Who Is Phillip Garrido?
Born in California in 1951, Phillip Garrido spent 11 years in prison after abducting and raping a woman in 1976. He kidnapped 11-year-old Jaycee Dugard in 1991, and over the course of the next 18 years, he repeatedly raped her and impregnated her twice. Garrido and his wife, Nancy, were arrested shortly after his trip to the UC Berkeley campus in August 2009 aroused the suspicion of authorities. In 2011, he was sentenced to 431 years to life behind bars.
Phillip Craig Garrido was born in Pittsburg, California, on April 5, 1951. After graduating from high school in 1969, he began struggling with substance abuse and was arrested for possession later that year.
In 1972, Garrido was arrested for drugging and raping a 14-year-old girl, although the charges were dropped after the victim refused to testify. In 1976, he abducted a 25-year-old woman and raped her in a warehouse. This time he was caught, and sentenced to 50 years in federal prison for kidnapping and another five years to life on state charges of sexual assault. However, he served only 11 years of the sentence and earned his parole in 1988.
Garrido earned a living through a small printing business, but eventually, he became more of a religious fanatic, creating a website and a machine through which he could ostensibly convey divine messages as part of his "God's Desire" organization.
Kidnapping Jaycee Dugard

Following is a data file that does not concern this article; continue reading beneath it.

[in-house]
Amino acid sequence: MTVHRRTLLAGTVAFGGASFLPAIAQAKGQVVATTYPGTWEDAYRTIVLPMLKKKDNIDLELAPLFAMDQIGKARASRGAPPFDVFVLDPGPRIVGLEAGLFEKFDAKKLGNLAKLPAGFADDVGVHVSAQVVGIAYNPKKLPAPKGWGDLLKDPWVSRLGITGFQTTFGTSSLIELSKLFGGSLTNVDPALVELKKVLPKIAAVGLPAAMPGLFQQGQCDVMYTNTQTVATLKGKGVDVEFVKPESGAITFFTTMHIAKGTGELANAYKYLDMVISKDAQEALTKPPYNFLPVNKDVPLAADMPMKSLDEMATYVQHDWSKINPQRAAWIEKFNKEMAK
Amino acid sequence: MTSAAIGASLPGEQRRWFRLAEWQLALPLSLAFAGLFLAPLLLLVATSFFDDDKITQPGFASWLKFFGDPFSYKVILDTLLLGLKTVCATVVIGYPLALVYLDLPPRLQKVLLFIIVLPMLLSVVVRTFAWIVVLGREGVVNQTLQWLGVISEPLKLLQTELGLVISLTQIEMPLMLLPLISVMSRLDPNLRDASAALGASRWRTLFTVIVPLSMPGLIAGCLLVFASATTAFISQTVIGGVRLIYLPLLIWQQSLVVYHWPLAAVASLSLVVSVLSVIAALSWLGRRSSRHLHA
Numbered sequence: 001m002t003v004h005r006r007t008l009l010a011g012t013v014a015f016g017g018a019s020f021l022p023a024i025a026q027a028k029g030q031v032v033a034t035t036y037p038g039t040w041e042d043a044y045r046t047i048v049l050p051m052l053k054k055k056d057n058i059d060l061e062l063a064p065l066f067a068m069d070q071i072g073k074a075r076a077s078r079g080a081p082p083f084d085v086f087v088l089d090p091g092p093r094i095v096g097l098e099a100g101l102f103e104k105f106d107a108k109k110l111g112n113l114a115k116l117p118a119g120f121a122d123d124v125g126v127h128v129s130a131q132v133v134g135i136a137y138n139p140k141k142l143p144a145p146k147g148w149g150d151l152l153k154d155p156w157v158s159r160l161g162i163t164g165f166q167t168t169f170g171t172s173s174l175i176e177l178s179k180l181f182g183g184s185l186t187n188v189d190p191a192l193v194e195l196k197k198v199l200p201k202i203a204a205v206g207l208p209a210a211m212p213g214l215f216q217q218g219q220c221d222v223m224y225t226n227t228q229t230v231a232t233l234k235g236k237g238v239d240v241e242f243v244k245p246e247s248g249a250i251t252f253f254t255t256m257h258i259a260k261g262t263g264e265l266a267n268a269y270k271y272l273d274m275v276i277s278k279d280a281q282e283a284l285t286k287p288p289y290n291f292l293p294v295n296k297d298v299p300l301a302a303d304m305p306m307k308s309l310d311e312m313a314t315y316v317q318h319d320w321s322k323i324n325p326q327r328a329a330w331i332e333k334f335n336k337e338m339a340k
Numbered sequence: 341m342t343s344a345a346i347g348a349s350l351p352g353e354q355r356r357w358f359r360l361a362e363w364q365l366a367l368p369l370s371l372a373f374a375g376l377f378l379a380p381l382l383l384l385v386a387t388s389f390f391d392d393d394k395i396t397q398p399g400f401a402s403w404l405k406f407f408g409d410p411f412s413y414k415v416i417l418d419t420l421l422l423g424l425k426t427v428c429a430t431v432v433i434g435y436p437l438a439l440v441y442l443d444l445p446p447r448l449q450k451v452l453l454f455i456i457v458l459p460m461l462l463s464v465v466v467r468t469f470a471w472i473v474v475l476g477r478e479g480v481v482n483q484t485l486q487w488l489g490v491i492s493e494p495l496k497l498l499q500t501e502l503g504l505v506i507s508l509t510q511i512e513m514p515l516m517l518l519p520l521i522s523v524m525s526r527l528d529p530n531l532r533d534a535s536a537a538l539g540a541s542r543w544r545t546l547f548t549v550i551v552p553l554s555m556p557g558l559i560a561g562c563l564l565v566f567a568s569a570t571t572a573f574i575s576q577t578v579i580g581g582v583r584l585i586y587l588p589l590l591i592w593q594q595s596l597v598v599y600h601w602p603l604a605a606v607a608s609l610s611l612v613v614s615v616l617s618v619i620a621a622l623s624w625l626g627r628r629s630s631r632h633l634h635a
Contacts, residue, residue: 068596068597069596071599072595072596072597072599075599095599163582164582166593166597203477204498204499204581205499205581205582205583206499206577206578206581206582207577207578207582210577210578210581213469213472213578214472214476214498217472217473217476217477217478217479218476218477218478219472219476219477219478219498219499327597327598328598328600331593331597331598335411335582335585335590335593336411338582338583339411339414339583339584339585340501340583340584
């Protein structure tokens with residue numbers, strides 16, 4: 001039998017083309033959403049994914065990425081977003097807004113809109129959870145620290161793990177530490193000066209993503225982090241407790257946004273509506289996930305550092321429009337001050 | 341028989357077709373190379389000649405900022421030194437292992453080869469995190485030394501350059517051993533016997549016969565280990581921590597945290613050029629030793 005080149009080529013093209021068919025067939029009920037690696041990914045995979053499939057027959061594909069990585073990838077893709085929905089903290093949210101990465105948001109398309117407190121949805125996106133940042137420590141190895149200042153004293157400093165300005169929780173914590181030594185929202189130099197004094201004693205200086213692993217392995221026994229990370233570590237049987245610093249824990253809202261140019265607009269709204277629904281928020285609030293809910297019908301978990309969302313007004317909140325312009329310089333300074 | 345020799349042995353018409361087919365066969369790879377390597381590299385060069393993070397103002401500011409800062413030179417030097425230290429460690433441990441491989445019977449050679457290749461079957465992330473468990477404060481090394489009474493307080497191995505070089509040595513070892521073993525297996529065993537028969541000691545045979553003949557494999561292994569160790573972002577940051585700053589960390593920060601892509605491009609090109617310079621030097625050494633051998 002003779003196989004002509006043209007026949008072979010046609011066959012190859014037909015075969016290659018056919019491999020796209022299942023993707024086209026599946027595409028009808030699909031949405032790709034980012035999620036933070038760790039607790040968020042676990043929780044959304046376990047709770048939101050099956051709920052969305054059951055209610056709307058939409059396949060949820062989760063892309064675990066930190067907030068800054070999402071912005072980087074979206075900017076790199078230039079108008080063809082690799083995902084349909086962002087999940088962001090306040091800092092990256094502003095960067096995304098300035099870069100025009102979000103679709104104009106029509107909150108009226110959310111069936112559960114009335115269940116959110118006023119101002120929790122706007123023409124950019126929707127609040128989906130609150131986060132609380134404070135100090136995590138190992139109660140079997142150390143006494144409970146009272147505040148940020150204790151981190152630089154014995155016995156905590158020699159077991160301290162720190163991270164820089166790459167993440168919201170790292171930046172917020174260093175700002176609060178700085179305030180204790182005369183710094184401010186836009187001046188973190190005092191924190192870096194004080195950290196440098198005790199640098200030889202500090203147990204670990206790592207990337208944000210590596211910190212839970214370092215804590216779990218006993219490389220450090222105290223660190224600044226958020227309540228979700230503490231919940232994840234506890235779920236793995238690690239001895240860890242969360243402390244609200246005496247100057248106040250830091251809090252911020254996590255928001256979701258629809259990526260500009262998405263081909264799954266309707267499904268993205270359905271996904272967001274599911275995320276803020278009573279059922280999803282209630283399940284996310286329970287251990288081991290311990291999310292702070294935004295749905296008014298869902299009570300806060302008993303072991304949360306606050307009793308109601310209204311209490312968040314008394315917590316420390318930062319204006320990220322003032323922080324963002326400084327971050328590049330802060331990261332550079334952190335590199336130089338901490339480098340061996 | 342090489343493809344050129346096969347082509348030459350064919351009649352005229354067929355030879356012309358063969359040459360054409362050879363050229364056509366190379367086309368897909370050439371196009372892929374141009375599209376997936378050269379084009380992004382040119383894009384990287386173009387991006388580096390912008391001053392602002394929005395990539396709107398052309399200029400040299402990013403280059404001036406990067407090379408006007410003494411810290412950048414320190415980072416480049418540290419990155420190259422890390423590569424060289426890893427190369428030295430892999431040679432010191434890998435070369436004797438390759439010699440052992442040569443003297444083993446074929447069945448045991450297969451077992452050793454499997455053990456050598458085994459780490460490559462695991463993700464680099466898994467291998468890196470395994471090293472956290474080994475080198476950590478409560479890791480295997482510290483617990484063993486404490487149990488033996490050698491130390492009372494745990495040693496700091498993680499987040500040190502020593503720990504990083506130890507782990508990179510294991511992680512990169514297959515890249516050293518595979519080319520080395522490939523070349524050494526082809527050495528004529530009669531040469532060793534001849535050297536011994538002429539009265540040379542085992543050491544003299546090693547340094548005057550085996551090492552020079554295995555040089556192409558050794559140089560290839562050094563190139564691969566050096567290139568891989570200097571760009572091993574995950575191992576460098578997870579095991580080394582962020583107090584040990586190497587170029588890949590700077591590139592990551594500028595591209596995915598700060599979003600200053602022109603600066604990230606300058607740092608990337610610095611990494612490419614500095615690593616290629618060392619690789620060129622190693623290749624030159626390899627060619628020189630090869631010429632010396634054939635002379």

On June 10, 1991, Garrido and his wife, Nancy, kidnapped 11-year-old Dugard outside of her home in South Lake Tahoe, California. They held Dugard captive in the backyard of their Antioch, California, home for 18 years, during which time Garrido raped Dugard repeatedly, fed her countless lies and impregnated her twice — Dugard had two daughters with Garrido, giving birth to them when she was 14 and 17.
Arrest and Conviction
On August 24, 2009, Garrido and Dugard's young daughters arrived at the campus of the University of California at Berkeley, where Garrido inquired about holding an event for his religious organization. UCPD special events manager Lisa Campbell told him to return the following day but also asked officer Ally Jacobs to conduct a background check on the suspicious man. After discovering that Garrido was on federal parole for kidnapping and rape and was a registered sex offender, Jacobs placed a call to his parole officer, who was shocked to hear that the supposedly childless Garrido was accompanied by two girls.
Ordered to a parole meeting on August 26, 2009, Garrido arrived with Nancy, Dugard and their two daughters. He initially insisted that "Allissa" — his name for Dugard —and the two girls were relatives, but eventually crumbled under interrogation. Two days later, Garrido and Nancy were formally charged with 29 felony counts, including rape and false imprisonment.
Garrido was named a suspect in several other California kidnapping cases, including the 1988 abduction of 9-year-old Michaela Garecht, although he was not charged with other crimes.
After pleading guilty to one count of kidnapping and 13 counts of sexual assault, Garrido was sentenced to 431 years to life in prison in June 2011. That same day, Nancy earned a sentence of 36 years to life. Garrido was sent to Corcoran State Prison in California, where he was to share a spot in the Protective Housing Unit alongside another notorious criminal, Charles Manson.
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